Optimism Pays (In Spite of Everything)

Thanks to our great fear of the always-threatening unknown, the organized festivities have atrophied and become nostalgia about the safe past.

Since when has the spring season prior to Independence Day turned into the High Holy Days of Israeliness? Into days of pessimistic soul-searching, the airing of bitterness and the shaking out of all our frustrations and fears? In preparation for this day, according to the new tradition, everyone rolls ups his sleeves for festive and sweeping self-flagellation; one after the other the elders line up to be asked and to tell us how disappointed they are with the state and how "this is not the state we had hoped for" (without explaining, beyond the cliches, what this hoped-for state actually is, and why they themselves did not do much to advance it); public opinion polls are assailing the public, mainly the youth, with such inspiring questions as: Do you expect the destruction of the state, and when, at what stage, will you flee the country, and when, in your opinion, will the Holocaust reoccur?

No doubt, this is a unique, and very Jewish, way to celebrate Independence Day. It is apparently also the early fruits of the victory of implanting catastrophism and the mentality of victimhood in schools, in trips to Auschwitz, in the general public atmosphere, even (and primarily) in the army.

And since, thanks to our great fear of the always-threatening unknown, the organized festivities have atrophied and become nostalgia about the safe past, it's no wonder that every Independence Day is accompanied, like a shadow, by a stagnant sense of unease.

In the context of this victory of catastrophism (some will say this experience of catastrophism) over hope, there are political and other groups who see it as the ostensible defeat of "Israeliness" itself: the Israeliness characterized by resourcefulness and practicality, with presumably meager cumulative creativity; the Israeliness that has supposedly lost to the victory of some transcendental, messianic Judaism. Its only supporting pillar and its primary expectation: the hope for peace.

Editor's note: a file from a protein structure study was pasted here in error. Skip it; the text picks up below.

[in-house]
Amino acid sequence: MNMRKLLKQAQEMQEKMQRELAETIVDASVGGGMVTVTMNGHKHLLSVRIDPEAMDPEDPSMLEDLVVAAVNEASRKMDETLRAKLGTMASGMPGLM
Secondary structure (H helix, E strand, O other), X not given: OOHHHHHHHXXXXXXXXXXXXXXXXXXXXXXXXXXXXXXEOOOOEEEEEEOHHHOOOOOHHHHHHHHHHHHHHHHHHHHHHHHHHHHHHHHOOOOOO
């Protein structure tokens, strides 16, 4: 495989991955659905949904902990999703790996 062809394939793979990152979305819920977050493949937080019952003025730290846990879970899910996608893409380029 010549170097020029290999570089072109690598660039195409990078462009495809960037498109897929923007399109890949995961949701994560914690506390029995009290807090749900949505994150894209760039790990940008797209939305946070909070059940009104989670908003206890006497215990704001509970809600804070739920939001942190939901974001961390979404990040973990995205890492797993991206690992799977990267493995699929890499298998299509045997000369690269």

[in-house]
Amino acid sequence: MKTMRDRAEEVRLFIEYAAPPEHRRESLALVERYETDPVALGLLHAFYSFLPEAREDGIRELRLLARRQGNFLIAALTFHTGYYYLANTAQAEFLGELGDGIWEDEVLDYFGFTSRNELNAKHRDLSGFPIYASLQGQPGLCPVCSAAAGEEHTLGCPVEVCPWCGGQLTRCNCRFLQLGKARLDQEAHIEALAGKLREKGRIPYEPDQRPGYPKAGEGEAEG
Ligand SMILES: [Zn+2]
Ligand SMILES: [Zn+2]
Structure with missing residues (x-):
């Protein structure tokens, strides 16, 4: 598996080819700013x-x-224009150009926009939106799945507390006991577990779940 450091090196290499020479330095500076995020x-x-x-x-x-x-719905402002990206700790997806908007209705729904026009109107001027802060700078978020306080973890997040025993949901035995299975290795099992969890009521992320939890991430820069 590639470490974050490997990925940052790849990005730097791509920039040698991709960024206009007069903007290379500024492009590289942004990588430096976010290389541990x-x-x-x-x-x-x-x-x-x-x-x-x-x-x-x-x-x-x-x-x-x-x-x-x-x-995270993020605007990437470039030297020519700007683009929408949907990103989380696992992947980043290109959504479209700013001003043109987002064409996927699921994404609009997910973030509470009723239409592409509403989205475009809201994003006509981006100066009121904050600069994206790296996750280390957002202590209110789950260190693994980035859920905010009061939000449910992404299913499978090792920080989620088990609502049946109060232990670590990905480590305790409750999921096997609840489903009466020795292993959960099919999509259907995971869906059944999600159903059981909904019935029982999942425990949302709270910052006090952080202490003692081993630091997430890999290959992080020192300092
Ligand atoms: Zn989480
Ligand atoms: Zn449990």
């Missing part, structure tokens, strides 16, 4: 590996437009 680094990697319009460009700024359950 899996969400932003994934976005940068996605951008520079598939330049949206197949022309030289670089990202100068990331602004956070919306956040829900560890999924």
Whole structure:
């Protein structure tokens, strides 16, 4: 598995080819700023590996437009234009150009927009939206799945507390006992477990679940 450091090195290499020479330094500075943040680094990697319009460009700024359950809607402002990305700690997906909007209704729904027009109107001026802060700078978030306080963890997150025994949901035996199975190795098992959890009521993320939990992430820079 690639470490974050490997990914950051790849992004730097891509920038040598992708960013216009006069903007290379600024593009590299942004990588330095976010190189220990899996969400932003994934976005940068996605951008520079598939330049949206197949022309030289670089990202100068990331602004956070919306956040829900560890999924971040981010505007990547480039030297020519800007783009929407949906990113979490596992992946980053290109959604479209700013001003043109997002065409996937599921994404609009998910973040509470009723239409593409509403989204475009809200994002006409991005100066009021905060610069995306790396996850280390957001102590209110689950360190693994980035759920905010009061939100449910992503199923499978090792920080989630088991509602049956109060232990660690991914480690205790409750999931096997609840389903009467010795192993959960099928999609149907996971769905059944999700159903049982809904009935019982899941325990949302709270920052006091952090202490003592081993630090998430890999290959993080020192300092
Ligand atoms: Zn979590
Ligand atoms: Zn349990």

But is that really so?

Even in the moral confusion in which the government and political system find themselves today, it is hard to ignore the consistent trend of "Israelization," which in recent years, slowly and modestly, and without fanfare, has begun to raise its bent head in the face of its oppressors and enemies from within.

In vain will its enemies, the various "orange" opponents, dance on its grave: Israeliness is more alive and kicking than ever, and this is reflected in culture, in lifestyle, in creativity, in language, in changes in the status quo and mainly in the general longing for normalization. A longing in whose context, according to every index and survey, the surrender of the dream of Greater Israel is the most trivial, self-evident fact.

All this even without any connection to the convolutions of some peace process or other, for whose collapse and the collapse of its leaders the enemies of Israeliness are waiting in ambush; and even without any connection to the changing identity of the prime minister. Because it has been proven there is no Israeli leader - from the left or the right - who can overcome the diplomatic constraints and the desire for normalization and hope originating from within.

Hope is what was and still is the engine that operates the State of Israel, even when it occasionally proves disappointingly false. That was apparently what was meant by whoever said that "in Israel anyone who doesn't believe in miracles is not realistic," referring to man-made miracles; since hope itself creates positive energy, which causes it to be fulfilled. That is a kind of national "secret" that in recent years has been known only to a few, who are also, not by coincidence, the most successful Israelis.

One of the most common opening lines in Israeli discourse throughout the generations, both on the personal and national plane is "it's a shame that we didn't...": It's a shame that my parents didn't buy that lot, which was once located in a remote field of thorns; it's a shame that we didn't invest in that esoteric factory for engraving metal; it's a shame that we didn't take advantage of the diplomatic window of opportunity, for example in the London accords.... In other words: It's a shame that we were so pessimistic and lacking in faith; it's a shame that we invested in petty calculations of the future, in enumerating approaching problems and in frightening ourselves when the people of vision opened themselves up to opportunities, invested in optimism and planted a stake in the future.

Leaders, entrepreneurs and individuals reaped rewards, grew and flourished because they knew the secret: In Israel, optimism has almost always paid off in the long run. At least so far. And even, if not, at least for a while we gathered a little more joy at the very fact of our existence and at the miracle of our survival, which is the essence of the joy of independence.